Heliex Power Ltd was created from the research and development activities of Professors Ian Smith and Nikola Stosic at the Compressor Centre within the School of Engineering and Mathematical Sciences. The company is managed by entrepreneur Dan Wright. Following a £2m industrial investment in late 2010, Heliex Power will design, manufacture and sell twin screw steam expanders. The steam expander is essentially a novel type of rotary steam engine that will be used to generate electrical power to feed into the electricity supply grid. This steam engine recovers energy from waste steam produced in industries such as manufacturing and power generation and from geothermal energy. For further details watch the video: http://vimeo.com/36842177.
With further possible applications in electricity generation, the oil, gas and chemical industries, pharmaceutical manufacturing, marine propulsion and food and drink processing, research has indicated that the energy recoverable by the systems in Europe and North America alone could rival that generated by wind turbines globally.
The IV (Intravenous) Virtual Tutor was originally developed by Professor Maggie Nicol from the School of Health Sciences. It is an interactive software training package for intravenous infusion devices that can demonstrate competency in IV pump use and management.
Virtual Tutor Ltd, now a venture with e-learning specialist, Xor Ltd, is managed by entrepreneur Michael Ter-Berg to develop online virtual learning environments, including comprehensive learning content and testing, starting with Virtual IV Tutor (intravenous Pumps).
Effective training in the use of medical devices is an essential area of continuing clinical learning, most notably because in excess of 700 reports of unsafe use of infusion devices are notified to the National Patient Safety Agency every year. The aim of Virtual Tutor is to deliver comprehensive and consistent continuing education for nurses and doctors that is available 24/7. This frees up trainers to focus on providing expert advice and testing knowledge and skills.
Totempower was formed in 2010 to commercialise intellectual property which enhances the aerodynamic efficiency of wind turbines, conceived by Dr Simon Prince based in the School of Engineering.
The company, led by entrepreneur Wolf Dietrich, has since developed this novel wind-turbine technology that utilises wind energy efficiently, particularly at low wind speeds, and created a turbine design which is an aesthetically pleasing eco-friendly structure. Additionally, it has quiet operation and wind conversion/extraction efficiency as high as or higher than, the current proven turbine designs, all at a lower manufacturing and installation cost. The new venture targets the small wind-power market for both domestic and commercial purposes.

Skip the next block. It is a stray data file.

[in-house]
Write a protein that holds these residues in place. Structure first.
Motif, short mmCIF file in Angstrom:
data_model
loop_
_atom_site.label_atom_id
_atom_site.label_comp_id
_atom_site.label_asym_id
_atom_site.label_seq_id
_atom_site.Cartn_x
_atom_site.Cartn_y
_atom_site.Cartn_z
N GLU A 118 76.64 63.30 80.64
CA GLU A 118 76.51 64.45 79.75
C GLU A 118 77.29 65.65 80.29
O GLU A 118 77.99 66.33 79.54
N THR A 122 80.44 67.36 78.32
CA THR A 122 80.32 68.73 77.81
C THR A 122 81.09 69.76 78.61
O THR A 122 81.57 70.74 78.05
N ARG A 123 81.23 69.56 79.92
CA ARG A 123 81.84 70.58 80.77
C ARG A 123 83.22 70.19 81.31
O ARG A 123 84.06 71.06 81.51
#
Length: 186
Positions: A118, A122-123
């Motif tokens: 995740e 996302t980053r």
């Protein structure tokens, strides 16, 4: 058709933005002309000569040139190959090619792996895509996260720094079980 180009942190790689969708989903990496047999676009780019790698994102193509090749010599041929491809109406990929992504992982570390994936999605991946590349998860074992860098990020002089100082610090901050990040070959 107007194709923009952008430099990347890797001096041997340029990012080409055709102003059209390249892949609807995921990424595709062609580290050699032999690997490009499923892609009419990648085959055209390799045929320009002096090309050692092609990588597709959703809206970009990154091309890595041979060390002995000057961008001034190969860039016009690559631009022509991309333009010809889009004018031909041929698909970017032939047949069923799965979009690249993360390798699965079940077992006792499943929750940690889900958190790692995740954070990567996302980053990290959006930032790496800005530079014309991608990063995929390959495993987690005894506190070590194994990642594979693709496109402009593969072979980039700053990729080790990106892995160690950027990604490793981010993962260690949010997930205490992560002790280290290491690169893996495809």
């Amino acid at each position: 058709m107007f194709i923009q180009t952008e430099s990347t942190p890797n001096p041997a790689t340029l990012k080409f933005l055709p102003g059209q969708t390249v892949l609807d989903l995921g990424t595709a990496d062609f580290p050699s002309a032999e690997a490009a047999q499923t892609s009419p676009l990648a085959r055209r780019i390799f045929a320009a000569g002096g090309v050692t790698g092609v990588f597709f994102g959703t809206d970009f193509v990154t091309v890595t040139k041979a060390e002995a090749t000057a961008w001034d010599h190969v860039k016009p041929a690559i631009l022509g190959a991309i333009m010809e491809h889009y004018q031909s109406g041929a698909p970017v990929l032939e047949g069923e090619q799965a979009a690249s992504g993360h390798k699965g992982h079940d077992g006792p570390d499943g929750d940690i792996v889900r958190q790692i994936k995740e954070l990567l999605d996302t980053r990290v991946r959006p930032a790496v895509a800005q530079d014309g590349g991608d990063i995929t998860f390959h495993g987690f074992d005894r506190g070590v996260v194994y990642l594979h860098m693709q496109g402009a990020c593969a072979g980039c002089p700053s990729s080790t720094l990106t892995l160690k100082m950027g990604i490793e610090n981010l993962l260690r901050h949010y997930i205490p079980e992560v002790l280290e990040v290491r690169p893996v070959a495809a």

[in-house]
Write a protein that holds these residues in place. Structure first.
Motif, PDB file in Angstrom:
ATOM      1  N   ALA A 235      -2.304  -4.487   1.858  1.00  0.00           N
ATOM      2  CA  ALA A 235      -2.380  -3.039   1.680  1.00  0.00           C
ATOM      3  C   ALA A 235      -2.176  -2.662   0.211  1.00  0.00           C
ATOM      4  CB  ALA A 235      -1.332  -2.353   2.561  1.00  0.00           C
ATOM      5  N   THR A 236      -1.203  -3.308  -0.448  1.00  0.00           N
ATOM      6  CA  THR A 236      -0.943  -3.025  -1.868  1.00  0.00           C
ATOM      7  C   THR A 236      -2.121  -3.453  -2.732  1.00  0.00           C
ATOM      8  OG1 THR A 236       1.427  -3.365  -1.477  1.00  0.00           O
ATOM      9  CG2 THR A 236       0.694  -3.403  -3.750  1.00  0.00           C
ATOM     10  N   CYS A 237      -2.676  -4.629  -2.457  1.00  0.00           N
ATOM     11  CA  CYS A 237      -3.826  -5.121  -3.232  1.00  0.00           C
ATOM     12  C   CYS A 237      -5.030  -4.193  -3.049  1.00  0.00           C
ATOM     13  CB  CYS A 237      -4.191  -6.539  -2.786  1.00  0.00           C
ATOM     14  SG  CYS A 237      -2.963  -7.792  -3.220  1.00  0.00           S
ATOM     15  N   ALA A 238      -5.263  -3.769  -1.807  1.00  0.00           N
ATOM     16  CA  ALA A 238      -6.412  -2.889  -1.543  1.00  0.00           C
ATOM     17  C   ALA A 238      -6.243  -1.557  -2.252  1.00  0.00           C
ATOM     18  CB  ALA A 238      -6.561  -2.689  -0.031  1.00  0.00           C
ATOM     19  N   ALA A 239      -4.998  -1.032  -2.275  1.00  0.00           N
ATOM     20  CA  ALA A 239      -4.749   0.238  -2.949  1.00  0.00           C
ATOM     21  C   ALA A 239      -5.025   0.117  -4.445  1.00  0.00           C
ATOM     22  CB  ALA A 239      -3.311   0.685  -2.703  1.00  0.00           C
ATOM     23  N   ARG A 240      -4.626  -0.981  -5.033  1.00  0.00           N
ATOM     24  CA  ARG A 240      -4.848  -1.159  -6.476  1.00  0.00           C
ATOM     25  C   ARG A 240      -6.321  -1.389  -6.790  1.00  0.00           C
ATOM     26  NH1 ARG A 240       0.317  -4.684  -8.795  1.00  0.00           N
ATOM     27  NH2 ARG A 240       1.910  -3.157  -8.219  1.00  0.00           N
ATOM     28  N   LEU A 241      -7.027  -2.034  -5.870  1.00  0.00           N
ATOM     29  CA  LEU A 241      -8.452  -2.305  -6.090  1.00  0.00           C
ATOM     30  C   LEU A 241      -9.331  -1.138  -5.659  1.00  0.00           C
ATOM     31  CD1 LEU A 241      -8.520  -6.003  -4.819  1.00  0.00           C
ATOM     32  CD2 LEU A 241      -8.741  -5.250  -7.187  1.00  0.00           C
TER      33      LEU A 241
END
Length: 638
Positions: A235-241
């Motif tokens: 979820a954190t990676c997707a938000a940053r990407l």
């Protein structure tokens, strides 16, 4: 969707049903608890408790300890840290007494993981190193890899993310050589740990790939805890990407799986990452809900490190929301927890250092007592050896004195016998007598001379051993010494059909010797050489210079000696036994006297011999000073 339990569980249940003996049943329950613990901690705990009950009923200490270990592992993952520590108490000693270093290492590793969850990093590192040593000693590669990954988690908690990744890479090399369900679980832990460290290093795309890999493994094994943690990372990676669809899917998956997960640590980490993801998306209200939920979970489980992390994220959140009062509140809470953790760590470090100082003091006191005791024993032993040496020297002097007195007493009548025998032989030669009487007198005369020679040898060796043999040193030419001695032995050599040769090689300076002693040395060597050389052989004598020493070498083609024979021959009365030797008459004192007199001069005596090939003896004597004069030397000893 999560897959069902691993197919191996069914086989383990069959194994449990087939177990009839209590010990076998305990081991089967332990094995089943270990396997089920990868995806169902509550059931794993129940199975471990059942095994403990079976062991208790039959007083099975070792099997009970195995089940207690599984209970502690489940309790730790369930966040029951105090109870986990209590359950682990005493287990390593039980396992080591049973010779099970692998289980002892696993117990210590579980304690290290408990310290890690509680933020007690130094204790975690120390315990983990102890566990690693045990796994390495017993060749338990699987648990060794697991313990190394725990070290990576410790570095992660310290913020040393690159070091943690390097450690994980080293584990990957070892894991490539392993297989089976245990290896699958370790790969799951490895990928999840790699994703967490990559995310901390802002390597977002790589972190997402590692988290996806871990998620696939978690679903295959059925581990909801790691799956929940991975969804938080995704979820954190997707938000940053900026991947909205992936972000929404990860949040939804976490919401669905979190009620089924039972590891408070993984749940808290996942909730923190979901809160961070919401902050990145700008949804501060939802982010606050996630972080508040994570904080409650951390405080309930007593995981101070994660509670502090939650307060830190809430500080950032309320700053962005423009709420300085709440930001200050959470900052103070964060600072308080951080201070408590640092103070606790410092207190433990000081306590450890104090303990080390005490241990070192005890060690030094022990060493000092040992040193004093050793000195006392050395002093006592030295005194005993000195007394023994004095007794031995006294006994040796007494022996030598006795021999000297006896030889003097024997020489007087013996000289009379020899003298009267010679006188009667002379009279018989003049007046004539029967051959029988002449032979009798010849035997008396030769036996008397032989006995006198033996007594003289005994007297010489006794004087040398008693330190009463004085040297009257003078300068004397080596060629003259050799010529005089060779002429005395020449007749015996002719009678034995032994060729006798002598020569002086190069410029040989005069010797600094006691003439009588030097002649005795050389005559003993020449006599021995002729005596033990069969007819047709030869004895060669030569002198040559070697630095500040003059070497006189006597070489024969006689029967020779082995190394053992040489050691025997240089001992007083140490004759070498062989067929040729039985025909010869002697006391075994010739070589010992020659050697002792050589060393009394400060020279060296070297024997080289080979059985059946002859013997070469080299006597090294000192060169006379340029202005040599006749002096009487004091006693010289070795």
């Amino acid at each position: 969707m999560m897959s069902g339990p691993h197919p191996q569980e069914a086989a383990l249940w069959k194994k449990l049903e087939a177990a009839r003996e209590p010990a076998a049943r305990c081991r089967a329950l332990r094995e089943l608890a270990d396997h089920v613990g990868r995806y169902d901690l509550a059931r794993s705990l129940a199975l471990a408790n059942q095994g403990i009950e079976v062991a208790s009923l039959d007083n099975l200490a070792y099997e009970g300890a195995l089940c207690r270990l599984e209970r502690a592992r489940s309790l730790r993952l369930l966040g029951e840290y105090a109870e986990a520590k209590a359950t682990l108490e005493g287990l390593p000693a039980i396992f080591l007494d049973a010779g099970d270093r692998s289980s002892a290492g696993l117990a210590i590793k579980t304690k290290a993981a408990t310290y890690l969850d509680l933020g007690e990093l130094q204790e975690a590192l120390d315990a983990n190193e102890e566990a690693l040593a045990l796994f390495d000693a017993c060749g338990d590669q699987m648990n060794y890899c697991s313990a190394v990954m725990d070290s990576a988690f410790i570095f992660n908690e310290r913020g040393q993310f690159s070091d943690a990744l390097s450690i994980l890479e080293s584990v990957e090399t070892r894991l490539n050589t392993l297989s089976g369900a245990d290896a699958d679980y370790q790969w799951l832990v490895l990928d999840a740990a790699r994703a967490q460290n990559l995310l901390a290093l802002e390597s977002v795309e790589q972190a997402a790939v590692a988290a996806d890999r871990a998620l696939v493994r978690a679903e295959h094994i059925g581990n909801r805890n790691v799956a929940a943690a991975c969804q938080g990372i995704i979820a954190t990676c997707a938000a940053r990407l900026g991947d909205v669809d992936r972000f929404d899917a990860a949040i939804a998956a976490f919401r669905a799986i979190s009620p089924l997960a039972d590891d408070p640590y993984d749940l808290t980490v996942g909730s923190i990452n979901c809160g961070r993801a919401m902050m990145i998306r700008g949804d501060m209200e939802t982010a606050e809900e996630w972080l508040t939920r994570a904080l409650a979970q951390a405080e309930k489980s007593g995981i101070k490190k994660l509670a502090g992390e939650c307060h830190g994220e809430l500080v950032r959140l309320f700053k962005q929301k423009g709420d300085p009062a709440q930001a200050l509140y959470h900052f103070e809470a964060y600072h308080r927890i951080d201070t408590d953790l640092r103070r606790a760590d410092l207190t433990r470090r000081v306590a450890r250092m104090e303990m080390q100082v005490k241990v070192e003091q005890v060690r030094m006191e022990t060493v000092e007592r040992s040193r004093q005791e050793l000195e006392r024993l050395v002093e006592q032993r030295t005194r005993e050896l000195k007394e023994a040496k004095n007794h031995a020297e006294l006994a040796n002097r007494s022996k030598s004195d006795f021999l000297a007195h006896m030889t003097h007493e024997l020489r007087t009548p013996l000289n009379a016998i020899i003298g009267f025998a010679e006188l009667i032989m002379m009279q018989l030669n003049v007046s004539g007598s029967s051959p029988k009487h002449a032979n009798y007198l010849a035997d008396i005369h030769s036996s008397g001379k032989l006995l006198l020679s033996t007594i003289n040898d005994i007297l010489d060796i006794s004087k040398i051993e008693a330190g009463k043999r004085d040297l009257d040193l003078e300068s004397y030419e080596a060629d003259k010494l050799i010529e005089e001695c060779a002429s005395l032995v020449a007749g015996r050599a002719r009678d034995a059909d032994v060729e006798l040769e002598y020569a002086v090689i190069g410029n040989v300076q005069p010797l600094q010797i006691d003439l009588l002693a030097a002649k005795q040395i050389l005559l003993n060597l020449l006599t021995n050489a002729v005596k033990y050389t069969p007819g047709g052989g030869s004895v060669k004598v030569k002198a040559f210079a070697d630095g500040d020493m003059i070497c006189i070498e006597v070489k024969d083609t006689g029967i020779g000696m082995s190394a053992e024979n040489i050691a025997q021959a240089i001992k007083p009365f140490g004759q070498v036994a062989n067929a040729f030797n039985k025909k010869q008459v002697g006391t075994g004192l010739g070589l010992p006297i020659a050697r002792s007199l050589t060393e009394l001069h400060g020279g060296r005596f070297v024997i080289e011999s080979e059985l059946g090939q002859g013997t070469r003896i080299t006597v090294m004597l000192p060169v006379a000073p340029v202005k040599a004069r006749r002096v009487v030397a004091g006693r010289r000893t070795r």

Thomson Screening Solutions is a company founded by Professor David Thomson from the School of Health Sciences, and builds on a software package, developed by Professor Thomson, which is already in use in a number of Primary Care Trusts across England. The program offers products and services to improve the quality and cost-efficiency of child vision screening.
Approximately 15% of children in UK schools have poor vision which, if undetected can affect a child's social and educational development. The good news is that in the majority of cases vision can be improved with glasses or some other form of treatment. Unfortunately, vision screening in schools in the UK is poorly organised and many children are currently falling through the net. There is no national co-ordination enforcing schools' vision screening programmes and no administration support meaning that screening is inconsistent regionally and prone to errors. The new software will address these issues to improve the efficacy of national screening programmes.
Professor John Barbur, from the Applied Vision Research Centre, has developed a novel vision testing system known as Advanced Vision and Optometric Tests (AVOT). AVOT is a self-calibrating system that delivers computer generated tests via a high quality CRT screen that assess different aspects of visual function.
The company, led by Professor Barbur, provides the range of AVOT tests to the market, but in particular one known as Colour Assessment and Diagnosis (CAD), is an accurate method for detecting colour vision deficiencies. The CAD system was created and developed at City with support from the CAA (Civil Aviation Authority) and FAA (Federal Aviation Administration) leading to the spin out company City Occupational which has successfully sold the system in the UK and overseas. Development of CAD was influenced by occupational health standards, for example, in the aviation sector where certain roles require a good standard of colour vision in order to carry out safety critical tasks. CAD is more sensitive, accurate and reproducible than other widely used tests, which fail to quantify the degree of colour vision loss and hence can't be used to set minimum colour vision standards. CAD also demonstrates comparable specificity and sensitivity to the current gold standard test method.